Photo taken 1945, Poland. JPEF Archives
Photo taken 2003, United States. JPEF Archives
Sam Gruber was born in 1913 in Podhajce, Poland. Although it was rare for a Jew, Sam served in the Polish Army for a year and a half, beginning when he was 18. Before World War II began in 1939, he was drafted again. Stationed in the Carpathian Mountains, Sam Gruber's unit was overtaken by the Germans. Sam was wounded in the right arm and forced to work as a Prisoner of War (POW) until 1942. During his time as a POW, Sam heard about partisans from a sympathetic Pole and convinced 22 other POWs to escape the camp with him and join the partisans.
Early in 1943, Sam met Frank Blaichman and joined his Jewish partisan unit called the Markuszow group. They engaged in sabotage, derailing trains and ambushing German trucks on highways. They also hid other Jews, mainly camp and ghetto escapees, in peasant homes and held the peasants accountable for the safety of their charges. Continuing to supply other Jews with food and protection, they later set up a family camp in the forest.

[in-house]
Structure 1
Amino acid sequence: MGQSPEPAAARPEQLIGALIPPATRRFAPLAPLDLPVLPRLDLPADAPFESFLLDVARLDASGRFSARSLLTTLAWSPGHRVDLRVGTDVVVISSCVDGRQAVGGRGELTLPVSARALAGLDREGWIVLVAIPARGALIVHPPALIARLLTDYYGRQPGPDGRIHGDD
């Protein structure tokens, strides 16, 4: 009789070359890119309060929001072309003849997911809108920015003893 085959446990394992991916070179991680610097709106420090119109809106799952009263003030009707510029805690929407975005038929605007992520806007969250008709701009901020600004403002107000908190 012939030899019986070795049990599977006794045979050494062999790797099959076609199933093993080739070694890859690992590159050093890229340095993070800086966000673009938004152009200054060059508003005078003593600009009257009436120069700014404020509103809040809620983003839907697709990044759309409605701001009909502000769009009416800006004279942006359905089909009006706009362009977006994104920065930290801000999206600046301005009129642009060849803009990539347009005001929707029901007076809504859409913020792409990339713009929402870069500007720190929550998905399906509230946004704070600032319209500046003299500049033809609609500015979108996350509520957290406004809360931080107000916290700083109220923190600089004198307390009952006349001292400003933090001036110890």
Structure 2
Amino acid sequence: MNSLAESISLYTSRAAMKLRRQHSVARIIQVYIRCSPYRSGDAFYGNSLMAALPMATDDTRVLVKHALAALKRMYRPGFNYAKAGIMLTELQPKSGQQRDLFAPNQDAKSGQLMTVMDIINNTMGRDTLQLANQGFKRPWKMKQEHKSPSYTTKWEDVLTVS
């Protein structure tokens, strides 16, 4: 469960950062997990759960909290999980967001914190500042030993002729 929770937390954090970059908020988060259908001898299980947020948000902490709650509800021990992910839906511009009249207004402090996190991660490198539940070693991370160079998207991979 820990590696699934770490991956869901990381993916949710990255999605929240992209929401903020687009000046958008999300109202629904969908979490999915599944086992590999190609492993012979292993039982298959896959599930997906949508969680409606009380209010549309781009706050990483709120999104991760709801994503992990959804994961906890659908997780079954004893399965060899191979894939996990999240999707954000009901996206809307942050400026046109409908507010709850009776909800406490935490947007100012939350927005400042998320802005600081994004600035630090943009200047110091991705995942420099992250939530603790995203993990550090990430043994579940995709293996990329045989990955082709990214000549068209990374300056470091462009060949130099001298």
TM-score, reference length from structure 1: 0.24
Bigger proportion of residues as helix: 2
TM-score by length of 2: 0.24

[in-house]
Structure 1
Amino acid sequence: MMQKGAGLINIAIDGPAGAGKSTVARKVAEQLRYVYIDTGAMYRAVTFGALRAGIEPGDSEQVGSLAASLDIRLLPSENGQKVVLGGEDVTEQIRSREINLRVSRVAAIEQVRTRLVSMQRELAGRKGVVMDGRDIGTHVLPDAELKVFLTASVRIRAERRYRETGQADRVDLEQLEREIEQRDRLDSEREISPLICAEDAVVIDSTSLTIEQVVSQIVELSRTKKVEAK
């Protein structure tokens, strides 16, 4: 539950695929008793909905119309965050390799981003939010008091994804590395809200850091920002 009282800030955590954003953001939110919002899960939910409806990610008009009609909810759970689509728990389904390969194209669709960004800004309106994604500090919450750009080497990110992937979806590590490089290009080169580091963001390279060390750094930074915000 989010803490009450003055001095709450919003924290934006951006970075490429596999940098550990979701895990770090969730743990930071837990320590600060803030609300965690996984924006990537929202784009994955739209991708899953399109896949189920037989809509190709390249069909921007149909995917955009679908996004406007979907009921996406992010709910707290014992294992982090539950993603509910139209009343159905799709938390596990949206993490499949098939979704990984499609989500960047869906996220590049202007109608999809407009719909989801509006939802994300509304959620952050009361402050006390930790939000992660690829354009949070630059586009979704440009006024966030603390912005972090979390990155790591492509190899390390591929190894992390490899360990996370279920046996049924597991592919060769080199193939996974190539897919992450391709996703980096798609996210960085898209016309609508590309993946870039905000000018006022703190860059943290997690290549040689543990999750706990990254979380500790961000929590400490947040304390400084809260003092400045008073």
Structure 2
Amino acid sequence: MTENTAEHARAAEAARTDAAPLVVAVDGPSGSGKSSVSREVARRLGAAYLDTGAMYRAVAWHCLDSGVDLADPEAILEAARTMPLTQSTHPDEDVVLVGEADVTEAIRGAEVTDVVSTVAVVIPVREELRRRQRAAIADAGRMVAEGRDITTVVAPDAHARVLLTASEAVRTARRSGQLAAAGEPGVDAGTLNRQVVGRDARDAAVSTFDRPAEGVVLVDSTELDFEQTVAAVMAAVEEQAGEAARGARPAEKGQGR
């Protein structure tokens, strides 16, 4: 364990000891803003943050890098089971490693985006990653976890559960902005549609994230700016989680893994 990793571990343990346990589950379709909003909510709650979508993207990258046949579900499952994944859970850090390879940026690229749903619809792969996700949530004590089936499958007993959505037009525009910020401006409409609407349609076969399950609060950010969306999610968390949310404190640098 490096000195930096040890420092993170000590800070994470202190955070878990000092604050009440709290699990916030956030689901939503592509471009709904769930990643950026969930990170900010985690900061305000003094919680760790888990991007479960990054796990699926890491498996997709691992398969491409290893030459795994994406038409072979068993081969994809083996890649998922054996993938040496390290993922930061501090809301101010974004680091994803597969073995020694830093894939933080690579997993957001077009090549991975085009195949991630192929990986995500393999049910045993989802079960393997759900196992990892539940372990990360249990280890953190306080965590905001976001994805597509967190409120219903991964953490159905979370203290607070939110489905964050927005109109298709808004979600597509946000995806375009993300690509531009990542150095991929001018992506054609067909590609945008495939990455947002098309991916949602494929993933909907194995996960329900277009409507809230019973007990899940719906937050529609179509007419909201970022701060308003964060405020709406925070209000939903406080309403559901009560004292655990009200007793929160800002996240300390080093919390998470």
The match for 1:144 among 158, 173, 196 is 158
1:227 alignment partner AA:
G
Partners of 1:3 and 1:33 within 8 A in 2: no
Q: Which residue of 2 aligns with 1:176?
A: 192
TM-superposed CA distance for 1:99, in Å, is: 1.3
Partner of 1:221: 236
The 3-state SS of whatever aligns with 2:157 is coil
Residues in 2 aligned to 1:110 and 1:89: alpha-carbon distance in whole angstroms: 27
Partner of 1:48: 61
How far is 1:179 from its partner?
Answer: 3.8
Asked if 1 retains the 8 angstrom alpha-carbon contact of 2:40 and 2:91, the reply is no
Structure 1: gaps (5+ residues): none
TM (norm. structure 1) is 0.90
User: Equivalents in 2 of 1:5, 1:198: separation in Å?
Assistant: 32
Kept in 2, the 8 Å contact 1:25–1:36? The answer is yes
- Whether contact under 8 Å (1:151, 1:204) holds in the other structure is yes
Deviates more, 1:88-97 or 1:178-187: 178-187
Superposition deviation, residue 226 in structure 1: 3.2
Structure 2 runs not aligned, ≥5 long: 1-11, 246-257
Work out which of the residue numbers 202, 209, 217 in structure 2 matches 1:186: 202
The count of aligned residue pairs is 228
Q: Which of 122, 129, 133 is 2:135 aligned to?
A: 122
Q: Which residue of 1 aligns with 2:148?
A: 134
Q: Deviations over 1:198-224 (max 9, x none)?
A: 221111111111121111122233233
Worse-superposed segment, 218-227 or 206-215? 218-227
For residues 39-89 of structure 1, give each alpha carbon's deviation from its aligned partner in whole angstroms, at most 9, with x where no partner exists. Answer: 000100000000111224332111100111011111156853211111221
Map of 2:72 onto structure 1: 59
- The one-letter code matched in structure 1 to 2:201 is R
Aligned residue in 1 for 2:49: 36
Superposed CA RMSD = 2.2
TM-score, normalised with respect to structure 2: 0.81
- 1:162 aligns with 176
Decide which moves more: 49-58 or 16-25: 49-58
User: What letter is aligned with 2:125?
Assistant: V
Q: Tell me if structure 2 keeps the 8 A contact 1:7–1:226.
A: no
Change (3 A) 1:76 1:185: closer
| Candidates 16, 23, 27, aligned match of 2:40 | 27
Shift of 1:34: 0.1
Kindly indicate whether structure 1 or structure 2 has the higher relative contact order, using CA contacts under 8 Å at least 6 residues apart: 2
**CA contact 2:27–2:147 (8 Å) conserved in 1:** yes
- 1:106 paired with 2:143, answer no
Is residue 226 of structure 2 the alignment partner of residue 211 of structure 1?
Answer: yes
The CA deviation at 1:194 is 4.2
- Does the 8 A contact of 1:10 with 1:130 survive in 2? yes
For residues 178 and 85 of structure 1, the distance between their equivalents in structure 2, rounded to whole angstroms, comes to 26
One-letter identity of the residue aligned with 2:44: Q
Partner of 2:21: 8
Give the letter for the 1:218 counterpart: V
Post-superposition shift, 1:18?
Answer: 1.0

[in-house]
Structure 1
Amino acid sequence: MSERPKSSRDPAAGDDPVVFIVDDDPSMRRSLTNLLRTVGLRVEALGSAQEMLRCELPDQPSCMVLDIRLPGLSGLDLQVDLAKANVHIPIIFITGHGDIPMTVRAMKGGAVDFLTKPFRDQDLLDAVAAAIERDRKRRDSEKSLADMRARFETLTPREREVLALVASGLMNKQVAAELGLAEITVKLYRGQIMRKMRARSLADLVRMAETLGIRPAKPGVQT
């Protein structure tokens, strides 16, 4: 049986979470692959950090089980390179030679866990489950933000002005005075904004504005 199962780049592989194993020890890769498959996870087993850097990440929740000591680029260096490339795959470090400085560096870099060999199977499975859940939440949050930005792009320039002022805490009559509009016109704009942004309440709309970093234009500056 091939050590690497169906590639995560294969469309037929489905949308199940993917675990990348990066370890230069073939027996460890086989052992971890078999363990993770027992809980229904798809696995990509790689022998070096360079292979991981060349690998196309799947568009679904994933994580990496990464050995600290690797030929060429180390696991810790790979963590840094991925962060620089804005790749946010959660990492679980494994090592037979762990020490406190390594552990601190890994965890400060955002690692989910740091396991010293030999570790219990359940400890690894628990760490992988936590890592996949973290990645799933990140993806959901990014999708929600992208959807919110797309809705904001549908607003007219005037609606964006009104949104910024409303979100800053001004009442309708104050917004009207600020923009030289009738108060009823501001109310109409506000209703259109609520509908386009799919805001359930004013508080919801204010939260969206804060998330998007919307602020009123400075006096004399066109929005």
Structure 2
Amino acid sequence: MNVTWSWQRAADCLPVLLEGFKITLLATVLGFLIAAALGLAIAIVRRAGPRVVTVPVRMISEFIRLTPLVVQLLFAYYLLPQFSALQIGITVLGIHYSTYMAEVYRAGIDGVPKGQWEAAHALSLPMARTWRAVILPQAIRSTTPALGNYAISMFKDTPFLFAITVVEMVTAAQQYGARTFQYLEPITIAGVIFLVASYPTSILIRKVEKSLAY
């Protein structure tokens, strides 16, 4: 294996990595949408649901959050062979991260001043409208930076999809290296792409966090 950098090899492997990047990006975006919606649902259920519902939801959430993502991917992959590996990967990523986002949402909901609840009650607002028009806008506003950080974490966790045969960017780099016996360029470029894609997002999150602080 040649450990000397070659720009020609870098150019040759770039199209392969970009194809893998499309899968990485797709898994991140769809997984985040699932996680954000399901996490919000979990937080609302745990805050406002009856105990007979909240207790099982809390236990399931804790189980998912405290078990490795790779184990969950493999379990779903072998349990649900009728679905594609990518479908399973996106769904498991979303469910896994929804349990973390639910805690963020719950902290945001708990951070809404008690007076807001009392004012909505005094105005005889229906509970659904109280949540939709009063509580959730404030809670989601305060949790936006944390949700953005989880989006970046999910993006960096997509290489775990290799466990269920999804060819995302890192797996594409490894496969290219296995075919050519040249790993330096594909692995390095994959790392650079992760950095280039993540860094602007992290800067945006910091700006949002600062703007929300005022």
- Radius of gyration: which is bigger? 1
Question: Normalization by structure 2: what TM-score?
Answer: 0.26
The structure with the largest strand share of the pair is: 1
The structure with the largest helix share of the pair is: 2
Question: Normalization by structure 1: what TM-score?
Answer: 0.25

By the spring of 1943, the unit had a bomb squad captain who was successfully building bombs with Russian supplies in a separate bunker in the forest. In May 1944, the commander-in-chief of the AL visited the all-Jewish unit and promoted the leaders, including Sam, to the rank of lieutenant.
On July 21, 1944, lying in a muddy cornfield, Sam watched the German Army retreat. The Russian Army had liberated Poland, and Sam and his fellow partisans rejoiced. With his wife Judith, Sam left for America in 1949. His book about his wartime experiences is entitled I Chose Life.
Sam Gruber passed away in 2006.